Under the Brand Umbrella: Structure, Support and Simplicity

Strategic Marketing Plan #9: Brand Architecture

How do you build a brand? With brand architecture, of course. This important part of your marketing strategy deserves some focused consideration. Where to start?

Never assume anything. Beginning there, let’s take a look at David Ogilvy’s definition of a brand. He says it’s the intangible sum of a product’s attributes, embracing the name, packaging, price, product history, reputation, and finally, the way it’s advertised. With all that riding on the back of the product, it’s important to build solid verbal architecture around it. That would be branding architecture.

Good branding architecture is built on a foundation of four philosophies:

Simple branding with a clear, concise message ensures that customers know what your product is and what it does. If your branding message is easy to understand, you won’t lose sales in translation.

Scalable branding messages set the bar high but leave room to grow. Realistically branding your products or services ensures delivery meets or exceeds your brand promise, resulting in pleased customers, as opposed to disgruntled, disappointed detractors.

Keeping your commitment, living up to your brand promise on a daily basis, is important for consistency. Brands customers can rely on to perform as expected get recommendations and repeat customers, leading to long-term brand success.

Brand architecture is built on several models and variations:

Many large, firmly established brands, with several product lines and many products in each line, elect to support the product line. Consider all the different automobile lines behind a brand like General Motors. The product lines receive the majority of attention in advertising and marketing. Rarely do you see a GM ad, but ads for Cadillac, Buick, Chevy, GMC trucks, and all the popular European lines frequent appropriate advertising and marketing sites. While the parent company is familiar, it is the product lines that define the target audience for each one.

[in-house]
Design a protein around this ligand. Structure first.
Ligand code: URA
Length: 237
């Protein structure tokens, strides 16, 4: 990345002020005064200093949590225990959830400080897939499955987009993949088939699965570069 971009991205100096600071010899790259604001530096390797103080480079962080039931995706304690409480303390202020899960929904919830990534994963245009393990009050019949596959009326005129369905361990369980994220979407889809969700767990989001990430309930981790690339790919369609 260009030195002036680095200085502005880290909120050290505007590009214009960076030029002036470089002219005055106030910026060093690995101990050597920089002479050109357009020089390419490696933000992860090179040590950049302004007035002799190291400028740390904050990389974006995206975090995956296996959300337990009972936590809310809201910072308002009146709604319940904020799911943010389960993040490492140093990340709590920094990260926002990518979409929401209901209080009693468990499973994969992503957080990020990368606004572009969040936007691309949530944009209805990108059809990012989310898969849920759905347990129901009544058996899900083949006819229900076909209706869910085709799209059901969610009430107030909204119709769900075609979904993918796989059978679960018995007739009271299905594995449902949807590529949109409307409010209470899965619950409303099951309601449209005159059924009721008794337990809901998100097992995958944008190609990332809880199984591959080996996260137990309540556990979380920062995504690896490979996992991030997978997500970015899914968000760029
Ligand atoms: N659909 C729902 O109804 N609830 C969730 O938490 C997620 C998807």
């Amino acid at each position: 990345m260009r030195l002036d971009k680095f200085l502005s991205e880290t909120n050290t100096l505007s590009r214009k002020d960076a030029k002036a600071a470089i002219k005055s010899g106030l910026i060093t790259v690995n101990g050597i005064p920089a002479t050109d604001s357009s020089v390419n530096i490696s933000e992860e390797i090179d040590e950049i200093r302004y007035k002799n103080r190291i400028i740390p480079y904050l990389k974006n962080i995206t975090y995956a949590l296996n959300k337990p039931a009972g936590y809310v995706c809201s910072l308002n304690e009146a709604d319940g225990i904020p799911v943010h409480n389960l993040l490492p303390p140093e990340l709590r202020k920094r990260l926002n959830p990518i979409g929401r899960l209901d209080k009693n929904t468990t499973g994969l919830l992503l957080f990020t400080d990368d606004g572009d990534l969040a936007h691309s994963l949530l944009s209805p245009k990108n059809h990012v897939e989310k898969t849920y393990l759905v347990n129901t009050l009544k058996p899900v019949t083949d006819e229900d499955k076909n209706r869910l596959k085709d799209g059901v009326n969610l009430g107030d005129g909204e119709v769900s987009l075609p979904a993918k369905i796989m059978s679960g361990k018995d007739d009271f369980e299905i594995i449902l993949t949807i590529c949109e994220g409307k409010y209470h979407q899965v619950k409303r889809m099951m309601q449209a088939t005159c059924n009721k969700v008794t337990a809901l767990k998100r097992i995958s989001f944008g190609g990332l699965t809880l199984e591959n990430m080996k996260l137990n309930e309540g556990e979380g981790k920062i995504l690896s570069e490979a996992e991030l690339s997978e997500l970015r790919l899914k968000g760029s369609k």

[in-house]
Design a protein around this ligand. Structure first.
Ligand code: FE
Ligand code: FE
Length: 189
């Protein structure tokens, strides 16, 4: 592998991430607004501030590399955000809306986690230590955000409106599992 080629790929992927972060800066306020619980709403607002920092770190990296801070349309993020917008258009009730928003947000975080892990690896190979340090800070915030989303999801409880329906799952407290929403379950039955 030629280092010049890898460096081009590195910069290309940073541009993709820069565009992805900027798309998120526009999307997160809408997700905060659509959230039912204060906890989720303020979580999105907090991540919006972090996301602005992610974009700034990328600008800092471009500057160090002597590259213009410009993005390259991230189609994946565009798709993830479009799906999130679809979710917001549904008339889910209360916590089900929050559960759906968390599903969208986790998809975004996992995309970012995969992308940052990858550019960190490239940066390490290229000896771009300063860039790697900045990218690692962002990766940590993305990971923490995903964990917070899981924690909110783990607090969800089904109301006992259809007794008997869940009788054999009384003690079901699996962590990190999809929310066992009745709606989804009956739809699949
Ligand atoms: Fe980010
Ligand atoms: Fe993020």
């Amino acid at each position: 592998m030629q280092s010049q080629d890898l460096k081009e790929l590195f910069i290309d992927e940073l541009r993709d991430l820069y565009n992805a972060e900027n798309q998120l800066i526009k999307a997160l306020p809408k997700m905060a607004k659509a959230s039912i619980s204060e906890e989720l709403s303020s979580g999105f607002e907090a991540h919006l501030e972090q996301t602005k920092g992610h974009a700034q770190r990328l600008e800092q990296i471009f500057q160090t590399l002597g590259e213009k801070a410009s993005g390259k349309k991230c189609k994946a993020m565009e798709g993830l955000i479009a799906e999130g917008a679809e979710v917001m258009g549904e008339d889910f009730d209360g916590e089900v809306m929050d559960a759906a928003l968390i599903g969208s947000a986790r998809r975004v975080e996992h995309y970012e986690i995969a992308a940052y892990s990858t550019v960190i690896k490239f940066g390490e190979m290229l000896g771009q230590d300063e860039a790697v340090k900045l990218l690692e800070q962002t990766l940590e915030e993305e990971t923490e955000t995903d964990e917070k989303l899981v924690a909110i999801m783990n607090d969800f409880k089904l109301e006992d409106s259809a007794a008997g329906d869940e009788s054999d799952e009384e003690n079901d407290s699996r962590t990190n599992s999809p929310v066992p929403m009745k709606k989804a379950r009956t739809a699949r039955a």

Unlike large corporations with several product lines, new companies are probably smarter to focus on the master brand—in essence, the company name.

Establishing a name and position in the marketplace is an important milestone. Doing just that with accurate positioning statements, supported by appropriate brand architecture, builds loyalty, awareness, association, and a perception of quality.

Big Wood Ski, the company we are using as an example for this strategic marketing plan series, is a young company that would probably be best served by building brand architecture that supports the master brand/company name. While there are different lines, they are all a part of a very distinctive niche with very specific attributes.

It is imperative that Big Wood Ski earns a spot in the luxury ski marketplace. Therefore, it should structure its brand architecture with different dimensions than GM. GM delineations are focused on price and buyer differentiation; Big Wood Ski will focus on building the master brand, while lines will cater to different lifestyles.

With Big Wood Ski, the Elite Custom skis are aligned to their highest-end buyer, while the Premier Line is geared toward a more pragmatic individual. All appreciate the aesthetic and performance aspects of Big Wood Ski products.

BWS tri